As we mentioned in an earlier blog post, going green isn’t as expensive as we often think.
Results released in November 2009 by Gregory Kats from a two-year independently funded study, (and published in the book Greening Our Built World) provides detailed findings on the costs and financial benefits of building green. According to the study, green buildings cost roughly 2% more to build than conventional buildings. In addition, green buildings reduce energy use by an average of 33%, resulting in significant cost savings.
Similarly, greening your office often means saving money. Last spring, Joel Makower wrote a post in Scientific American, Three Ways to Green Up Your Office on the Cheap, and focused on office improvements “with the biggest bang for the buck.” We agree that these are the areas you should be focusing on.
Our dependence on paper affects the environment more than most of us think. In his post Joel Makower noted that:
A study by the Environmental Defense Fund (EDF) and Citigroup estimated that the real price tag of a $2 ream of office paper is 31 times that—$62—when you add in the costs of paper storage, printing, copying, recycling, disposal and postage. So, saving paper has a multiplier effect—and not just financially: The pulp and paper industry is the second-largest consumer of energy in the U.S. and uses more water to produce a ton of product than any other industry.
The good news is that cutting down on paper use is simple — print less, print doubled-sided and recycle.
Travel and Commuting
Travel and commuting still remains one of the most damaging work habits to the environment.
Despite predictions that we would all be telecommuting in the new millennium, most of us are still traveling to the office everyday. But having employees work from home just 1 or 2 days a week can significantly cut down on carbon emissions. Find out how much money you can save your employees and how you can improve the planet with the telecommuting savings calculator.
Business travel is also very damaging and, unfortunately, we don’t seem to be changing our habits. According to a study done last summer, a majority of business travellers (59%) say that environmental concerns have no impact on their travel.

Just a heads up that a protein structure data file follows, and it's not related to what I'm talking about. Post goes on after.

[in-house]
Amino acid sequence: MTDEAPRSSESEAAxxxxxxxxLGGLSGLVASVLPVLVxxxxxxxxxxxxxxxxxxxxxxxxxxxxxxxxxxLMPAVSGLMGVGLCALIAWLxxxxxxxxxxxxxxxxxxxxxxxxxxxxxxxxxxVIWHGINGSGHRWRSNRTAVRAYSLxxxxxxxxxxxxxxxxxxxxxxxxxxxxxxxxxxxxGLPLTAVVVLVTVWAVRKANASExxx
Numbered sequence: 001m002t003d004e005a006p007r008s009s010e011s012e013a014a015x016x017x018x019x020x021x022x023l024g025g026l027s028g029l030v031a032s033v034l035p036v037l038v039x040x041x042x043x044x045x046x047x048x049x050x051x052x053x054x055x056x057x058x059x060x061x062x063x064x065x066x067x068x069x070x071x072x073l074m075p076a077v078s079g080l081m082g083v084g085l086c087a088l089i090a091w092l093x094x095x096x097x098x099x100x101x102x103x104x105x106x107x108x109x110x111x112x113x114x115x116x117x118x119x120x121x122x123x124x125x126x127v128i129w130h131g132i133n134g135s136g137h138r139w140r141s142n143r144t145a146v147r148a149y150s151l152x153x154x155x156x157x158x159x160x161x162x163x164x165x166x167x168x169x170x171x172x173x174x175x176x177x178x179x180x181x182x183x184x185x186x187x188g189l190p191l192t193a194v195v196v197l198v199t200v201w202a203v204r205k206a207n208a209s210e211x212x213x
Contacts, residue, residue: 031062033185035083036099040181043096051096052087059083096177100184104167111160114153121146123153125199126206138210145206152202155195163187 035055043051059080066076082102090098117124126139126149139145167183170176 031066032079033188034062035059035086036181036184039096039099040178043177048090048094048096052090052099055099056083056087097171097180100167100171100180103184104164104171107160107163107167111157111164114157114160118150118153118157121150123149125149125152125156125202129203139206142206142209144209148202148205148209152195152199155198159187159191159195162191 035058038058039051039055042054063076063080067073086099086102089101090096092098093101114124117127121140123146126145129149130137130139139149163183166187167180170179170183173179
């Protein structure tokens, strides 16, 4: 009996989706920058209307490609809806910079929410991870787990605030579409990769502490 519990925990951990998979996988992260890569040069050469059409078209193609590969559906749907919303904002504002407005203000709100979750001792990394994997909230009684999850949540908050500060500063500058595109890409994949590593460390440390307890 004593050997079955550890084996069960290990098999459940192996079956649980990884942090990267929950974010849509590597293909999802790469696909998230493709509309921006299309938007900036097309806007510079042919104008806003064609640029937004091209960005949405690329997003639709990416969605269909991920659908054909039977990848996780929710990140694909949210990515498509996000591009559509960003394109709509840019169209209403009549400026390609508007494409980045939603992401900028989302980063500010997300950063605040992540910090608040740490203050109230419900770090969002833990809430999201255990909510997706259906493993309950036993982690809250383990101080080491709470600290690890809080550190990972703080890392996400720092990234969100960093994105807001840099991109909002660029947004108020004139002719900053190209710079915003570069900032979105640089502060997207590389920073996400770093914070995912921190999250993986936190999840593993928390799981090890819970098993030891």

Webinars and online conferences are a great alternative to business travel. Or, if you have to travel, try to combine your trips to lessen the amount of times you travel in a year or buy carbon offsets — this is what Legend Power’s Dave Orton and Erik Wolfe did when they flew to Toronto last month.
Energy and Lighting
Energy use is the largest operating expense for commercial office buildings.
Simply turning off your lights, computers, printers and fax machines can make a huge difference in your energy consumption. A study released last spring reported that:
U.S. workers waste $2.8 billion annually in energy costs by failing to shut off their PCs at the end of the work day. What’s more, machines left on during off hours may emit up to 20 million tons of carbon dioxide (CO2) this year alone, roughly the equivalent impact of four million cars.
While energy is the largest operating expense, 1/3 of all the energy used in commercial buildings is wasted, which is where energy efficiency measures come in.
Although LEED Lighting retrofits is a popular energy efficiency option, a better option is Legend Power’s Harmonizer-AVR. The Legend Power Harmonizer-AVR adjusts a commercial buildings’ incoming voltage to the optimum operating level for each facility, creating a significant reduction in energy consumption and peak demand.
Have a look at our corporate video to hear what IKEA, Science World, and BC Hydro say firsthand about how effective the Legend Power system is for them.
Watch out for upcoming posts about how we’re staying green at our Legend Power offices and what we’re doing to improve the planet.